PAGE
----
The reader will understand that it is a little tricky to obtain reliable information about this organisation, and we have no privileged access to insider information about them. The greater part of information that does exist about them comes from military units who have encountered them as opponents on the battlefield, in particular in Libya. We feel reasonably confident in making the following assertions about them.

  1. Theatres in which they have fought or provided training and similar services include Syria, Libya, Sudan, Central African Republic, Ukraine, Venezuela, Mali and Mozambique.

  2. Their modus operandi is to have an elite core (we think these people are mostly Russian Special Forces or retirees from the same of various kinds) that hires mercenaries from various sources, including in particular DDR (disarmament, demobilisation and reintegration) troops from existing or former combat zones; and Russian prisons.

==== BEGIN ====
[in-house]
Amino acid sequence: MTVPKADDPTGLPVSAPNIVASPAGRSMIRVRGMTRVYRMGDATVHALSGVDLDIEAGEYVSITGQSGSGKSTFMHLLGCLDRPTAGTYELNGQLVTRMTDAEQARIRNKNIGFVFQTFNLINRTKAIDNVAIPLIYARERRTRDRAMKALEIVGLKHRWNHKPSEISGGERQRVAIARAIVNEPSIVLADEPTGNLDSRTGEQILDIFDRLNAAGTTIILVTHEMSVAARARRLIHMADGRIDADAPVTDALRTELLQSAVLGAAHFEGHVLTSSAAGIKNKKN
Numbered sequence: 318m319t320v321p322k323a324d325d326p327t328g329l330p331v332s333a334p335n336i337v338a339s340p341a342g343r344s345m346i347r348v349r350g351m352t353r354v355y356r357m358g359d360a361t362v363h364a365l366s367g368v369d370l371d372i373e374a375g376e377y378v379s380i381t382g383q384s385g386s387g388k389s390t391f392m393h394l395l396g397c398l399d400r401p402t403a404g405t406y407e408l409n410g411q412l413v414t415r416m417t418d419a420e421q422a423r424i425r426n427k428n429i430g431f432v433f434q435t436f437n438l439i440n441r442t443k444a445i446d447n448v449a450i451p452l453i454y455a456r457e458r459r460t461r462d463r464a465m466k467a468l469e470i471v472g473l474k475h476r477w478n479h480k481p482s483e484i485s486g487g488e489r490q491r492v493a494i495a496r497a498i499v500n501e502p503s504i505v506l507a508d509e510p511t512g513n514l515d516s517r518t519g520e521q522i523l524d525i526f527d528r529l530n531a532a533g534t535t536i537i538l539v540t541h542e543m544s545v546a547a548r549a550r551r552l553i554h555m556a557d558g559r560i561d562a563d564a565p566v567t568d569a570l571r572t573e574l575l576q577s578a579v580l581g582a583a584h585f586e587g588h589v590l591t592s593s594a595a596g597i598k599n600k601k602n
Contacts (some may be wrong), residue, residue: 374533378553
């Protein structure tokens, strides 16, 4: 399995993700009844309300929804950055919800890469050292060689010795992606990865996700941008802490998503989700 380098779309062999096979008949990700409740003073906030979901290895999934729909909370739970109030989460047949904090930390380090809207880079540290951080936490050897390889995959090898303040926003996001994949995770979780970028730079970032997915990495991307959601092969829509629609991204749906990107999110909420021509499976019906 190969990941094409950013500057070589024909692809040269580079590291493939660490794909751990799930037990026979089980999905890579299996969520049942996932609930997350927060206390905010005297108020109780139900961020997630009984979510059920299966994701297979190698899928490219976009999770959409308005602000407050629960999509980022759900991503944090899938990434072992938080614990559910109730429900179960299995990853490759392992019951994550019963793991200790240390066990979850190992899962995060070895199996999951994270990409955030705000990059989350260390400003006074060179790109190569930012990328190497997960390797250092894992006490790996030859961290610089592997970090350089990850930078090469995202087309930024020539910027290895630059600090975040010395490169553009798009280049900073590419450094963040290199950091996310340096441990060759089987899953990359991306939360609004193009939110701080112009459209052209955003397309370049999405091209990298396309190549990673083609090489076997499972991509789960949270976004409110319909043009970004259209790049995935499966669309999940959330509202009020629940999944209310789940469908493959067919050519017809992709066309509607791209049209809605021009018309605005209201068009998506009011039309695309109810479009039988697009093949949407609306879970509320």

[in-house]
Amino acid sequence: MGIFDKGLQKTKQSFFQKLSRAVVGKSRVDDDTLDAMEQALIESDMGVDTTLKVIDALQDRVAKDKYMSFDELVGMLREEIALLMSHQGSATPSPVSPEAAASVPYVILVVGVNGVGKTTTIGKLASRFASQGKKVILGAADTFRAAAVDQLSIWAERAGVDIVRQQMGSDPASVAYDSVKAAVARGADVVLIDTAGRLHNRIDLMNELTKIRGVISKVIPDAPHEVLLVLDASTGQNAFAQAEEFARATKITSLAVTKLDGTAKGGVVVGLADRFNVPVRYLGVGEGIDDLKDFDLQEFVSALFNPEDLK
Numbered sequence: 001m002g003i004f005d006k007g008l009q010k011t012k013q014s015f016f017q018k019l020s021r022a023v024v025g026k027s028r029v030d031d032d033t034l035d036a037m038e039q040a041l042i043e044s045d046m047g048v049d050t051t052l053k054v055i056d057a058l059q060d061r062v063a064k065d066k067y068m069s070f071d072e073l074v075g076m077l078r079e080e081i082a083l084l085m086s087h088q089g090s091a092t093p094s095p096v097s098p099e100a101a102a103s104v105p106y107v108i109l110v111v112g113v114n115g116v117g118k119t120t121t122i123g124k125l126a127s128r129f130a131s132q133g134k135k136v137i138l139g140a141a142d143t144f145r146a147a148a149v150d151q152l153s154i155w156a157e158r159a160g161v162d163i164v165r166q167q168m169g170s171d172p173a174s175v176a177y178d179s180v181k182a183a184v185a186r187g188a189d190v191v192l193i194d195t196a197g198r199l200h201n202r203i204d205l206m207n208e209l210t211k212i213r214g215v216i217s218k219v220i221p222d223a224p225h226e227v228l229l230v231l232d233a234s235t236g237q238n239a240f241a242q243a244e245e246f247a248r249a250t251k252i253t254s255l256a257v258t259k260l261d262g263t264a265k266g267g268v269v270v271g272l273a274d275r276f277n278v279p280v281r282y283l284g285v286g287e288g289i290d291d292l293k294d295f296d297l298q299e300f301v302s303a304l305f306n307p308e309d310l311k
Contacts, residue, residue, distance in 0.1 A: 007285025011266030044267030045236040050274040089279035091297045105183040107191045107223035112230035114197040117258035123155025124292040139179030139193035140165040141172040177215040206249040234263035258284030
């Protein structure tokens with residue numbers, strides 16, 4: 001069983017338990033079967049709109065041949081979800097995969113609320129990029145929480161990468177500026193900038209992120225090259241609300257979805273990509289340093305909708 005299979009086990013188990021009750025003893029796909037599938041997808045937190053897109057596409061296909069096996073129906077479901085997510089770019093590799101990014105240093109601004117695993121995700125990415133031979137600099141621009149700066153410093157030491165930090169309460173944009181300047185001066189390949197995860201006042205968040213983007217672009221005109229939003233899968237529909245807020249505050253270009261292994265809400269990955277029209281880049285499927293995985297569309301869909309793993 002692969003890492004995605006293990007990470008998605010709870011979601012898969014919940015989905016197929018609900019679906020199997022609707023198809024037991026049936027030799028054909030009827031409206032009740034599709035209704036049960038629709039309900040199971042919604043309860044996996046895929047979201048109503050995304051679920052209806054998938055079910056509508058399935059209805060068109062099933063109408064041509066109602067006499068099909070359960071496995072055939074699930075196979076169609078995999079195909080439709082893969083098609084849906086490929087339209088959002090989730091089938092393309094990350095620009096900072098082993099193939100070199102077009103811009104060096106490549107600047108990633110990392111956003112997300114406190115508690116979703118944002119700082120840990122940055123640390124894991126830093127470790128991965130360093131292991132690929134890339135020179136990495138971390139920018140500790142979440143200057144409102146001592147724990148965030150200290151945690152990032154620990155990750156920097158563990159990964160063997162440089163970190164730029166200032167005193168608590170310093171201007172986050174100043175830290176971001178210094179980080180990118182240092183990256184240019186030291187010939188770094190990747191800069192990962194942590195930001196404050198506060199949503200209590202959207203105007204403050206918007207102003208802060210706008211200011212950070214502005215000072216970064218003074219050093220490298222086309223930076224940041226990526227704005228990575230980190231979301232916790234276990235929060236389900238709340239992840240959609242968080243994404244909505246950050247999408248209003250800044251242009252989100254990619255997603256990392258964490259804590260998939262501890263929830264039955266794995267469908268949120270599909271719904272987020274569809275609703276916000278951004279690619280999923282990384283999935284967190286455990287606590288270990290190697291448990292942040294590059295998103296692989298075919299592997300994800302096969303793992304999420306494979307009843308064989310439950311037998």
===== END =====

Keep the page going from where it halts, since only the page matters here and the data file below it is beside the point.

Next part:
3. Wagner Group takes smartphones from their mercenaries and gives them dumbphones with which the mercenaries can only communicate with one another in theatre. (This is documented particularly well for Syrian DDR militias deployed by Wagner to Libya.)

  4. Wagner Group mercenaries seem to be well trained, on the whole, in the full arsenal of Russian ground armour - possibly better than the Russian Armed Forces itself. (Again the evidence for this comes from Libya.)

  5. A number of Serbian mercenaries have been recruited by Wagner Group, who seem to consider them some of their most elite troops; for this reason Serbia has enacted legislation punishing Serbs who travel to Ukraine with a period of two years plus imprisonment, with a view to disincentivising Serbs from joining Wagner Group.